Dallas Chorizo and Menudo Community Breakfast August 6th


Claudia Sandoval
City Council Member

A native of Cockrell Hill, Claudia Sandoval graduated from the Talented and Gifted Magnet High School and Southern Methodist University where she received her Master’s in Systems Engineering. Sandoval currently works at Hitachi Consulting as a Senior Consultant.
The daughter of immigrant parents, Sandoval was the first in her family to graduate from college. She is a fellow in the inaugural class of Latino Center for Leadership Development and was elected to Cockrell Hill City Council in May 2016.  She has previously served on the SMU Hispanic Alumni Board and is a member of Sigma Lambda Gamma Dallas-Fort Worth Alumnae Association. Sandoval is also a parishioner at Santa Clara Catholic Church.

Claudia resides in Cockrell Hill with her parents Jose and Lucy, who love to tend to their garden. She also has a sister, Sonya, who is a registered nurse at Methodist Hospital.

Maricela Moore 

Maricela Siewczynski Moore has extensive experience litigating employment, contract, trade secret, non-competition agreement, and other commercial matters in both state and federal courts on behalf of individuals and corporations. Maricela also has a successful record of mediating cases of all sizes in the areas of personal injury, commercial, and employment disputes. In addition, she has been engaged to investigate potential ethical and legal violations by executives and employees of national banking associations, publicly traded companies, and public associations. She has also served as an umpire in commercial insurance disputes. Maricela is frequently appointed by judges in both the state and federal courts to serve as a mediator and guardian ad litem in civil disputes. She also serves as local counsel in cases filed in the United States District Court for the Northern District of Texas and Dallas District and County Courts. Maricela is board certified by the Texas Board of Legal Specialization in labor and employment law and is bilingual in English and Spanish.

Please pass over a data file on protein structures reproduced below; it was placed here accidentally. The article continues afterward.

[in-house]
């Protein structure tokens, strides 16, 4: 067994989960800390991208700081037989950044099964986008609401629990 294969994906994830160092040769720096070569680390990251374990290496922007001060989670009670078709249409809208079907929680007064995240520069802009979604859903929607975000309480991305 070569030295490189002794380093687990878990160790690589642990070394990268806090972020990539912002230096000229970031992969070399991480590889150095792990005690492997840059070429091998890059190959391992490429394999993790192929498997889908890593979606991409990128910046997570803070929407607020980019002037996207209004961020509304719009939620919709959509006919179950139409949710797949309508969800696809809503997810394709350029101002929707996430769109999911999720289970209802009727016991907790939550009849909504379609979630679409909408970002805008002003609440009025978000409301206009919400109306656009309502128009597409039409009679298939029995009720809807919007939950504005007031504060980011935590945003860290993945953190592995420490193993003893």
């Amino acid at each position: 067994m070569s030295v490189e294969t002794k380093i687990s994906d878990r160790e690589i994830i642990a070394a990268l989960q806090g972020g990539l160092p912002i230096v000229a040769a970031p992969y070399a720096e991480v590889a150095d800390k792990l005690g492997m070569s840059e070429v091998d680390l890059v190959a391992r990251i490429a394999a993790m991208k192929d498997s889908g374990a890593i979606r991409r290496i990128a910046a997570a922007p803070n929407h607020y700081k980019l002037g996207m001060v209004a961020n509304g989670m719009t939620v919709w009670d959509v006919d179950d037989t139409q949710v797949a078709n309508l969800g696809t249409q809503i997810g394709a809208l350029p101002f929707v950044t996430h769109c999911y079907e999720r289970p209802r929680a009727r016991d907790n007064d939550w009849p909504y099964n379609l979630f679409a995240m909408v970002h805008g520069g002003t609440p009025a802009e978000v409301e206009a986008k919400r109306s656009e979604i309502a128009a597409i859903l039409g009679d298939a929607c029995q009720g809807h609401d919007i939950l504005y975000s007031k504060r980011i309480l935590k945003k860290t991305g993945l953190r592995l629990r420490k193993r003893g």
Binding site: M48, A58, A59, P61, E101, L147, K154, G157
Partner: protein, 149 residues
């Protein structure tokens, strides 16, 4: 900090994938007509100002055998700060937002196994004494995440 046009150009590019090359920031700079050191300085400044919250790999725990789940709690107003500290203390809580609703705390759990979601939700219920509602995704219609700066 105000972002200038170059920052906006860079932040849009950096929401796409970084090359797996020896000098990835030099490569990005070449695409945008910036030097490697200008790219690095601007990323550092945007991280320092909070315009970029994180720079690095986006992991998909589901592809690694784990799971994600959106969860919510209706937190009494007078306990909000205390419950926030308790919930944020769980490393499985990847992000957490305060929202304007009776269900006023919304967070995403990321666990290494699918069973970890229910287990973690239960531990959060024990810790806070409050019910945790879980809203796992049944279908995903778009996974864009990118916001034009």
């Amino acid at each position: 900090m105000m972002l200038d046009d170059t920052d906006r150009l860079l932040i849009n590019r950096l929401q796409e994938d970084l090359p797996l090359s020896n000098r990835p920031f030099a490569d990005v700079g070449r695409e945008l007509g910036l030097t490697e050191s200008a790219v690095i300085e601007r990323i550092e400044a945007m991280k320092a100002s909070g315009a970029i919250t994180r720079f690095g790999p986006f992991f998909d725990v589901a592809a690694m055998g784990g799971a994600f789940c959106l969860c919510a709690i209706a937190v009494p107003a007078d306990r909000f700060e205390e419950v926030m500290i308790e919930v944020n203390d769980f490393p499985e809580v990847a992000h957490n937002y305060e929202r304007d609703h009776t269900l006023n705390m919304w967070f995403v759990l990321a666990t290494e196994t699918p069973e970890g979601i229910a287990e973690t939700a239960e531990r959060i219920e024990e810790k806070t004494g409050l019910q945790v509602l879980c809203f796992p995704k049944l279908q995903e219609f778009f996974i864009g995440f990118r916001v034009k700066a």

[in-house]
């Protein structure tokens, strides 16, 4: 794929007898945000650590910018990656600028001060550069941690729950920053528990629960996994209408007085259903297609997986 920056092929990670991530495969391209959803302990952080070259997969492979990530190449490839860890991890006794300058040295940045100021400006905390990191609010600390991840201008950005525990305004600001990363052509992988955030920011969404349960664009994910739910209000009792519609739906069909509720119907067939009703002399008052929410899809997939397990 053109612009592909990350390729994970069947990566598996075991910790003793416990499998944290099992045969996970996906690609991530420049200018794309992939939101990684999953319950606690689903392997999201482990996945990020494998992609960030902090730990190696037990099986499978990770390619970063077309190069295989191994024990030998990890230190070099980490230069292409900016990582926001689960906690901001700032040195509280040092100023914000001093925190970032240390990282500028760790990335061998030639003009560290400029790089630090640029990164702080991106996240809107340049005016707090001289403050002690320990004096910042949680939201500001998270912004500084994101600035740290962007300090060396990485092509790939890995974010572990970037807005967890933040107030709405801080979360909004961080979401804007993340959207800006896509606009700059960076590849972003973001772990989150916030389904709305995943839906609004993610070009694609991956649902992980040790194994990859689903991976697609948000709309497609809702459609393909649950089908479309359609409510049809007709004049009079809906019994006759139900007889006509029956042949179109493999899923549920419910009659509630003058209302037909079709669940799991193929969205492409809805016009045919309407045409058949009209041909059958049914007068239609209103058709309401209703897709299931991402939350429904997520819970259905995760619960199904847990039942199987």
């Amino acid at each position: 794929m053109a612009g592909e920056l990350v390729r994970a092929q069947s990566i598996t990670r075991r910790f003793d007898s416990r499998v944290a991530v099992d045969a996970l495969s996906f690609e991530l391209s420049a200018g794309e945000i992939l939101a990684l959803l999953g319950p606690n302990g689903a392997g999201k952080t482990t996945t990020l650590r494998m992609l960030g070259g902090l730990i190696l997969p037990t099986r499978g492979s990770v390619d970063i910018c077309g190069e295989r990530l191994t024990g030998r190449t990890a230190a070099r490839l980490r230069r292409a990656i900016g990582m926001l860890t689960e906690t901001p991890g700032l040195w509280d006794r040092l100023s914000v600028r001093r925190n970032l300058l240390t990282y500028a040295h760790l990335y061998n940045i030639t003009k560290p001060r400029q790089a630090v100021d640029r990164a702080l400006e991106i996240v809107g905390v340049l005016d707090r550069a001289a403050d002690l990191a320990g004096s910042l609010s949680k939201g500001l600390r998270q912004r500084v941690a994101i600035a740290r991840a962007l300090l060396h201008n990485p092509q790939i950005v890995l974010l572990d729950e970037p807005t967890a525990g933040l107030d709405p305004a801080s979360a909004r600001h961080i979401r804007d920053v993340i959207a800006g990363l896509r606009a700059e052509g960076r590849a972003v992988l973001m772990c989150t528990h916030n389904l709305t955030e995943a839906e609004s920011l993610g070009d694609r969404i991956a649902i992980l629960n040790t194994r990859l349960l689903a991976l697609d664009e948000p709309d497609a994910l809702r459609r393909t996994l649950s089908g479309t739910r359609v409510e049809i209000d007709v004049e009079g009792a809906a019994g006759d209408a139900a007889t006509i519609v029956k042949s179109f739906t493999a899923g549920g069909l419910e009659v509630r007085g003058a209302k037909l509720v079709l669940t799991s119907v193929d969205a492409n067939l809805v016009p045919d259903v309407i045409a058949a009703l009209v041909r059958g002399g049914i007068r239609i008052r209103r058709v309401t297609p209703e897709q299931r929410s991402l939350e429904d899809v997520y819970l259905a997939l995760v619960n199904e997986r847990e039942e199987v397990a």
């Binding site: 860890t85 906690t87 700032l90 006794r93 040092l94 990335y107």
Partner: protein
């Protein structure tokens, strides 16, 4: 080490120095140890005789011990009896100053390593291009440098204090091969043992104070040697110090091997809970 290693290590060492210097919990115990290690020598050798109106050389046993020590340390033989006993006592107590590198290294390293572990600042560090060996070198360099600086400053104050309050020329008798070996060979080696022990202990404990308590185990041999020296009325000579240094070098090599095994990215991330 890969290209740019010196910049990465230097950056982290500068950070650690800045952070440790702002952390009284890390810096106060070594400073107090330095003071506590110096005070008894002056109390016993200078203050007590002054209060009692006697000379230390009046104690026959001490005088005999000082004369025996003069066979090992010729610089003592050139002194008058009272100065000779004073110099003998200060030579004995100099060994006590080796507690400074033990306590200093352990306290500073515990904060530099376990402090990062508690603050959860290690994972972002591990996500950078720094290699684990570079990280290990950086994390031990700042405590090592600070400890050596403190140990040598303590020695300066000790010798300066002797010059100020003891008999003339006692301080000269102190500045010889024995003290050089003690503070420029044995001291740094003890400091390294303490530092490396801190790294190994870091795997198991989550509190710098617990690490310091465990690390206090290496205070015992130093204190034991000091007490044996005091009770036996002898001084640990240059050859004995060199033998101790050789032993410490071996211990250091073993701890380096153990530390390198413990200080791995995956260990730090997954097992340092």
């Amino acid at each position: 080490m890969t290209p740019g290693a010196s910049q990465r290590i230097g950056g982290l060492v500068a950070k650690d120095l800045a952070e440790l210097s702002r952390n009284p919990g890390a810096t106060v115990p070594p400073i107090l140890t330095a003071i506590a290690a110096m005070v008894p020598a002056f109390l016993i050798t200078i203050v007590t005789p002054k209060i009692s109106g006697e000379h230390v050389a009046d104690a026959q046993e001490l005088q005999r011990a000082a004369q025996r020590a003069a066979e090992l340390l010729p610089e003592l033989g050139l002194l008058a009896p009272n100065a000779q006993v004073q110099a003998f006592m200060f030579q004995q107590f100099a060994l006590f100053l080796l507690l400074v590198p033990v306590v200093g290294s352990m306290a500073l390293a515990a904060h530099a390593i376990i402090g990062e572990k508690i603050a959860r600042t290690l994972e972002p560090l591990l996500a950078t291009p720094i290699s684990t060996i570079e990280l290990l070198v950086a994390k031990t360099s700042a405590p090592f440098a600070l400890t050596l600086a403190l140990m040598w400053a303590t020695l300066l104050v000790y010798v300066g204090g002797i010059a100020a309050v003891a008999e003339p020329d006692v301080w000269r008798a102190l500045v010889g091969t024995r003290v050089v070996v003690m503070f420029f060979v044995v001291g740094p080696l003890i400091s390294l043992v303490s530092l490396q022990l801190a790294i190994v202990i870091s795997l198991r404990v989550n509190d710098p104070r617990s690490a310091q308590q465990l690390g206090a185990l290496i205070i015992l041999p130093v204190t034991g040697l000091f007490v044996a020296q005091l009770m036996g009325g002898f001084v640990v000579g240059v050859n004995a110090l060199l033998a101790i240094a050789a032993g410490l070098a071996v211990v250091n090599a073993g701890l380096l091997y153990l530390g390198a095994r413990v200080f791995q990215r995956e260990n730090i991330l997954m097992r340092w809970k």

Maricela was previously a partner with the boutique law firm Farrow-Gillespie & Health LLP. She also gained extensive litigation experience while working as an associate in the commercial and securities litigation sections of the international law firm Baker & McKenzie LLP. Maricela also worked as a bankruptcy litigation associate at Cowles & Thompson P.C. Maricela served as a law intern with the Texas Supreme Court and the United States District Court for the District of Columbia.

Monica Lira Bravo
Dallas County Community College Board of Trustee
Monica Lira Bravo is running for Dallas County Community College Board of Trustee, District #4 because she believes that a solid education is the key to success and key to ending generational poverty.
A daughter of immigrants, Monica was the first in her family to be born in the United States. An East Dallas native, Monica graduated from The Hockaday School, received her Bachelor of Arts Degree in French from Southern Methodist University and her law degree from Texas Tech University School of Law. She is Board Certified in Immigration and Nationality Law by the Texas Board of Legal Specialization and is the owner and managing attorney of Lira Bravo Law, PLLC. She was recognized as a Rising Star in Immigration Law by Texas Super Lawyers Magazine and Texas Tech University School of Law awarded her with the Bob Black Leader Award.